Wednesday, March 27, 2013

On Reading

If you love SF and grew
up during the 70s and 80s
you should read this.
On Monday I mentioned I felt that while I struggled with re-writes I was getting better at them. I also mentioned that I had spent a lifetime reading things to prepare me to be a storyteller. (I also mentioned Heinlein but we'll get to him in a minute.)

I've read most of the greats of SF: the aforementioned Robert A. Heinlein, Asimov, Clarke, L'Engle, Bradbury, Moorcock (his time-traveling stuff and some of the epic fantasy), Campbell, and dozens of others in short stories and novels. I'm not exactly up-to-date on all the new kids but I like Mieville, Carroll, Baxter, Wolfe, Bear, Benford, Kress (recently), Vinge, Swanwick, and again - dozens of others. Every year for the last four I've gotten Year's Best SF edited by Hartwell and Cramer and that's been as eye-opening an education as anything.

(And I have to say that I'm disappointed that this year's book won't be out until September. However, it WILL be in hardcover so I guess I can't complain. Too much. Still.)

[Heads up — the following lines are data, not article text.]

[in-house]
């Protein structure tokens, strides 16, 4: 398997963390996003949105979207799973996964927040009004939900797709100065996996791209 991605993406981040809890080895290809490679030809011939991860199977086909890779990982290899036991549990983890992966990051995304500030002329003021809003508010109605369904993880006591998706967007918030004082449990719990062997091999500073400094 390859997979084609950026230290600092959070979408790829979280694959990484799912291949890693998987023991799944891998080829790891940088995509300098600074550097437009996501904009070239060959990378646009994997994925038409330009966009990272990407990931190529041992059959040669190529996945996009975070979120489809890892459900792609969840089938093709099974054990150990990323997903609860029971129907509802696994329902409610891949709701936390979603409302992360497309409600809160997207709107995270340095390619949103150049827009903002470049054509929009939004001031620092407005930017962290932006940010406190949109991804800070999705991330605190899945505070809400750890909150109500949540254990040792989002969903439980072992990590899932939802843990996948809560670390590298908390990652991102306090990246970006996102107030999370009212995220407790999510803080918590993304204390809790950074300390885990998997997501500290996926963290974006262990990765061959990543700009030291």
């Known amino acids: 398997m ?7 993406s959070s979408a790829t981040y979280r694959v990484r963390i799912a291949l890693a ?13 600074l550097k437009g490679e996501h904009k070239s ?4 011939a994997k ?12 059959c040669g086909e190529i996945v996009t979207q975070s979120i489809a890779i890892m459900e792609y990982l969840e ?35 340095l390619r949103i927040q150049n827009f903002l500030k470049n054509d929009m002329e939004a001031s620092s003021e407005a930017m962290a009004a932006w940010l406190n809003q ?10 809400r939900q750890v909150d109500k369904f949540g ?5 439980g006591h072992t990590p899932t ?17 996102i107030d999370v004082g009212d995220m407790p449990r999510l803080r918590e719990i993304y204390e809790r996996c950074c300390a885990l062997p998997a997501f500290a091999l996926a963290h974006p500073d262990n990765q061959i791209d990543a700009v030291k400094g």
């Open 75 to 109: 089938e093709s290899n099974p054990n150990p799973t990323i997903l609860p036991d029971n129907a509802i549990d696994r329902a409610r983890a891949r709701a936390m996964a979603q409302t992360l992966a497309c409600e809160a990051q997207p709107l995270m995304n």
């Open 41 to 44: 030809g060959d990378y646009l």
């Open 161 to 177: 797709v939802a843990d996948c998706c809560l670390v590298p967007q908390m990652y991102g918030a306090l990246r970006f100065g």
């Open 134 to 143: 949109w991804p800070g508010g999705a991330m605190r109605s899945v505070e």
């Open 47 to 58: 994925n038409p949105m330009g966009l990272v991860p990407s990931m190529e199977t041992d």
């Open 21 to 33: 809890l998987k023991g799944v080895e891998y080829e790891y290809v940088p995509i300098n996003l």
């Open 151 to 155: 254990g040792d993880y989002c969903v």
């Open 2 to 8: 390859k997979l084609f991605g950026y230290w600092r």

However, I don't know why I didn't read any Kurt Vonnegut, Jr. He's a writer of SF and I was always aware of him, but no one ever made it plain to me what he wrote. I always heard how he's a national treasure, how he's so satirical and so on the mark with dark humor and that satire. He came to the University of Kansas when I was just out of high school and talked to a packed house about being a writer. I saw him give his famous chalkboard lecture on story. BRILLIANT.

But I never read any of his stuff.

And then I read Among Others by Jo Walton and her main character kept mentioning the word karass and I learned what that was from her, not from Vonnegut. (And you should read Among Others if you have a love of SF. I had so many I-know-how-she-feels moments when the diary entries go on about the older SF writers I mentioned above that I felt like I was part of the book even though I'm a forty-something man reading about a fifteen year-old girl. It's that absorbing and I recommend it highly. HIGHLY.)

So because the main character mentions casually to someone that he should read Cat's Cradle I went to the library and picked it up.

Which is what books should do, right? They should influence you to read more books. In this case it worked. I'm finally reading an author I should have read while he was alive. And I read another great author whose work I will look for in the future. All the greats in my library at home are getting another generation of writers to keep them company.

While all of it filters through my brain and hopefully comes out as new science fiction.

That's how it's done.

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